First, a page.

When a third party causes a workplace accident, you have the right to file an insurance claim or file a lawsuit against them. If the accident was not caused by your employment and was not caused by your employer, workers’ compensation may not be sufficient to cover all of your expenditures.
Investigating injury claims for fault is a sophisticated procedure that benefits from the assistance of a personal injury attorney. As many people pass through work sites and offices, workplace injuries could be caused by a variety of factors.
We’ll go over all you need to know about third-party workplace injuries, as well as the differences between these claims and workers’ compensation claims.
What Is a Workplace Claim From a Third Party?
To comprehend third-party workplace claims, you must first comprehend workers’ compensation. When you are unable to return to work due to injuries received while doing your job, this insurance covers your medical bills as well as a percentage of your normal pay.
Workers’ compensation is not a lawsuit, and you cannot sue your company if you claim for workers’ compensation.
A third-party workplace claim, on the other hand, is either an insurance claim or a lawsuit filed against a party other than your employer. The following are some examples of third-party workplace claims:
- Workers that do not work for the same company as you
- Property owners and contractors
- Tenants who share the same office space as you
- janitorial services
Companies that provide maintenance
Except for your employer, you have the right to submit an insurance claim or a lawsuit against anyone who is liable for a workplace accident. This also applies to other active employees at your place of business. You can’t bring a lawsuit against them while they’re still working for the same company as you.
Third-Party Workplace Claims vs. Workers’ Compensation
Workers’ compensation may be available to you regardless of who caused your workplace injury. However, there is no compensation for pain and suffering or mental agony under this policy. As a result, if your injuries were caused by someone unrelated to your company, you may be able to pursue compensation through a third-party workplace claim.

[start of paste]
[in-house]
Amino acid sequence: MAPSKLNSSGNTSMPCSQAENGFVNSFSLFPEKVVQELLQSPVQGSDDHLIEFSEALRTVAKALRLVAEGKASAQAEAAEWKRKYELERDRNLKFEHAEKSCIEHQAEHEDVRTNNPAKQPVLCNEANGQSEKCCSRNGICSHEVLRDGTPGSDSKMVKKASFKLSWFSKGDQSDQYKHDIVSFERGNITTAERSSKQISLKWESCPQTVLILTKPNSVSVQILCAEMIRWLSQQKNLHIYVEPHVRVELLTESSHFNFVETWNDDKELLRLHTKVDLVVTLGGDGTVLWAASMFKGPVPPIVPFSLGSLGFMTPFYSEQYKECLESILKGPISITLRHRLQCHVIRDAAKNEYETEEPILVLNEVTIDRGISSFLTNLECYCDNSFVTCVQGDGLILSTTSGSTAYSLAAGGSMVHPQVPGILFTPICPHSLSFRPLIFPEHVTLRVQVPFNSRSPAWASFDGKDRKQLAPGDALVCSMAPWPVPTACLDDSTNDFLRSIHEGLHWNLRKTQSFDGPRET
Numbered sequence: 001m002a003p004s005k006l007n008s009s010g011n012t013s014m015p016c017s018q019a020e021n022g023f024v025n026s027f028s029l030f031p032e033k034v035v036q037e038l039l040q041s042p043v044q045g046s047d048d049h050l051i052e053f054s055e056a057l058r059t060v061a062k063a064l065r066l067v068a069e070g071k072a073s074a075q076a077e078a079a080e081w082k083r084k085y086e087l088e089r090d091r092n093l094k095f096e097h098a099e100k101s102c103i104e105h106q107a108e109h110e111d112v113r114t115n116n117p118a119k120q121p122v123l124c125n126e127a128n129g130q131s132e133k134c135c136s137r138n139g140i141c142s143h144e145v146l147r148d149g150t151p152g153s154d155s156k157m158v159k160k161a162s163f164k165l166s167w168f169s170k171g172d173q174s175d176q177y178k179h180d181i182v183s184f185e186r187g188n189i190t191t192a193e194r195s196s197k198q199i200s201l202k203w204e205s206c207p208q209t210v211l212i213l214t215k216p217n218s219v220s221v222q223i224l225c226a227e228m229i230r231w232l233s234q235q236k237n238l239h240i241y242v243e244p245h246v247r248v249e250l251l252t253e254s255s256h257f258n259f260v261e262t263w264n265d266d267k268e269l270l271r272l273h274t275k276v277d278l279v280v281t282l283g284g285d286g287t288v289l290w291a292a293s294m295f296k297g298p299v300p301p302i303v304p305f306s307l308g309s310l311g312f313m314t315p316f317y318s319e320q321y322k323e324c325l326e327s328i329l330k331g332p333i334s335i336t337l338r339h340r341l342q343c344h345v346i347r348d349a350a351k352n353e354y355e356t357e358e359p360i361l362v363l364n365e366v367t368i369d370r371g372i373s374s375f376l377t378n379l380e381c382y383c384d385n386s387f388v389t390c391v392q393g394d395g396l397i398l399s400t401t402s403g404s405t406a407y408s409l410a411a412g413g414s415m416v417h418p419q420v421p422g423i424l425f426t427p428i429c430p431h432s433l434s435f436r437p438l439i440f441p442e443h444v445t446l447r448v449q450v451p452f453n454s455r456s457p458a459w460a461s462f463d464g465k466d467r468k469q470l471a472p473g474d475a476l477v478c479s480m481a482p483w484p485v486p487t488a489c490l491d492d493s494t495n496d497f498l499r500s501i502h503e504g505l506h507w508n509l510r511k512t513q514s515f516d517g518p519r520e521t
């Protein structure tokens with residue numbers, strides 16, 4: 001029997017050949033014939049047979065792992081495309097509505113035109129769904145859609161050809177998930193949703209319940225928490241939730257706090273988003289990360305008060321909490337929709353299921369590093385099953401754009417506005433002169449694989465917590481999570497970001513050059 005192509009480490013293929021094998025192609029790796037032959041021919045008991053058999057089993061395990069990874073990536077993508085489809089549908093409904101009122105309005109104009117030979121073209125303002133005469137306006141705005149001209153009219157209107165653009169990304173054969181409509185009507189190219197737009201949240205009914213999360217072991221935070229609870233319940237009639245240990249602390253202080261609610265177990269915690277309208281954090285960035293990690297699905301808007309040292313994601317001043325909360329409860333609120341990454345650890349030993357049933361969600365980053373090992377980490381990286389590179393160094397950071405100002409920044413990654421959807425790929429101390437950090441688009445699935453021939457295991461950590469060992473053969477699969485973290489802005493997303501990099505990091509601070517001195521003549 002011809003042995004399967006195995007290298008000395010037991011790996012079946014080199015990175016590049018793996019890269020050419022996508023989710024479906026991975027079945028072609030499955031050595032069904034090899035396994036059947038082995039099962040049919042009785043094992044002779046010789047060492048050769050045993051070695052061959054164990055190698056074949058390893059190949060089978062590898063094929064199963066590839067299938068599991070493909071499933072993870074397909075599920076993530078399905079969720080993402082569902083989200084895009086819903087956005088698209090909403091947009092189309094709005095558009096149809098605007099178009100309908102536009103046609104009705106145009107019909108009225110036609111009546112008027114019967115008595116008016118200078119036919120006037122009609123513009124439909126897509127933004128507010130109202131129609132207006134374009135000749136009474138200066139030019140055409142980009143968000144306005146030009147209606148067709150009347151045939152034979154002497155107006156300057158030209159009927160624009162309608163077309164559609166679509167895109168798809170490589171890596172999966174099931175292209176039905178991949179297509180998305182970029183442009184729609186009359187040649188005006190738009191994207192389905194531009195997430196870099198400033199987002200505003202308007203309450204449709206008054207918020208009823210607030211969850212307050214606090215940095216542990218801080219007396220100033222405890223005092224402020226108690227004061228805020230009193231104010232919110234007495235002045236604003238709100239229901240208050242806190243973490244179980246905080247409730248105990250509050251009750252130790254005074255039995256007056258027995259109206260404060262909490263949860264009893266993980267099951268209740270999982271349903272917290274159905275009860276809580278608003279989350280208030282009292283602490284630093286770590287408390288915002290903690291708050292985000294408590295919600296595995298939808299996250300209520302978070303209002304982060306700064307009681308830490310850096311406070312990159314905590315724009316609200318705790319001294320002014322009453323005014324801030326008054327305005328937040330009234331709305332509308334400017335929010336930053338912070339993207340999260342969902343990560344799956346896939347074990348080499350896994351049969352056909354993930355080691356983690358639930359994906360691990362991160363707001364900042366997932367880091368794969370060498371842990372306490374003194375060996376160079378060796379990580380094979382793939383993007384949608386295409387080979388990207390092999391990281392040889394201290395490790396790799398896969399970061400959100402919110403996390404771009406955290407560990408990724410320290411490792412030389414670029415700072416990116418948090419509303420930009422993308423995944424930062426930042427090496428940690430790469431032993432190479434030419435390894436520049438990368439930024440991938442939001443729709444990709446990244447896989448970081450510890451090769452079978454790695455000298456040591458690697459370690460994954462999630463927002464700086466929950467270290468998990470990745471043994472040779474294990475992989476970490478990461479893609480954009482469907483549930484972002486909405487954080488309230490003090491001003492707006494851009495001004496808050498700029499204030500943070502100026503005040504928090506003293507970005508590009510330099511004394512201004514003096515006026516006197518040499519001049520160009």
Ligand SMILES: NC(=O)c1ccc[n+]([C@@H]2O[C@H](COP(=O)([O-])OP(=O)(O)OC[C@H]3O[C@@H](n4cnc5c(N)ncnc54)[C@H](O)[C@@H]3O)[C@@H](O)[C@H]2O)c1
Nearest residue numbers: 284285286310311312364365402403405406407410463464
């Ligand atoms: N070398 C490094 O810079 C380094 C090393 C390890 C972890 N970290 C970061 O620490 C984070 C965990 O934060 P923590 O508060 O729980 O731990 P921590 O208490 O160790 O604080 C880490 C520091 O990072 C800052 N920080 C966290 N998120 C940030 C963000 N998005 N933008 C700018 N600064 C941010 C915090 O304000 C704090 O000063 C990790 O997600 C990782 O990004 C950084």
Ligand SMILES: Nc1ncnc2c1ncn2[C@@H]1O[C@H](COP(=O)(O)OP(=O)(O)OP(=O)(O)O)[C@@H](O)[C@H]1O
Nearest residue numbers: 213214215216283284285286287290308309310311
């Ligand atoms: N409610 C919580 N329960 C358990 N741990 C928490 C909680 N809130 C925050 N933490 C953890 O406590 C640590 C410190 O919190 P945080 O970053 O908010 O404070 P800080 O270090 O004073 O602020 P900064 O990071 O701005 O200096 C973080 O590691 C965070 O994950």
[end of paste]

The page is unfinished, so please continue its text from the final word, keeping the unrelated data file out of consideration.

A third party is frequently to blame when employees incur injuries that they cannot control as a result of someone else’s negligence. The following are some examples of common third-party workplace claims:
When someone is actively engaged in work, they are more likely to be involved in a car accident (not commuting to and from their job)
Accidents involving slipping and falling
Injuries caused by defective tools or machinery
Negligence on the part of the property owner in terms of maintaining safe grounds and creating hazardous working conditions
substances that are toxic
When you can no longer work in the capacity you had before, third-party lawsuits allow you to recover full compensation for your lost pay, overtime, and future wages, but workers’ compensation claims only cover a fraction of your normal wages.
If You Receive a Settlement or Insurance Payout, You Must Reimburse Workers’ Compensation Benefits
If you are successful in filing a third-party claim and get insurance money or a settlement from a lawsuit, the workers’ compensation insurance company may submit a claim for reimbursement of the money they awarded you.
The procedure is known as subrogation, and it is legal. The workers’ compensation insurance company, on the other hand, can only demand restitution for the money it paid out, not for any additional payments you got for things like pain and suffering or money not related to the workers’ compensation claim.
Schedule a free consultation with Geoff McDonald & Associates if you have any queries concerning third-party work claims. We’ll explain your rights and assist you in evaluating your case so you can figure out who is to blame.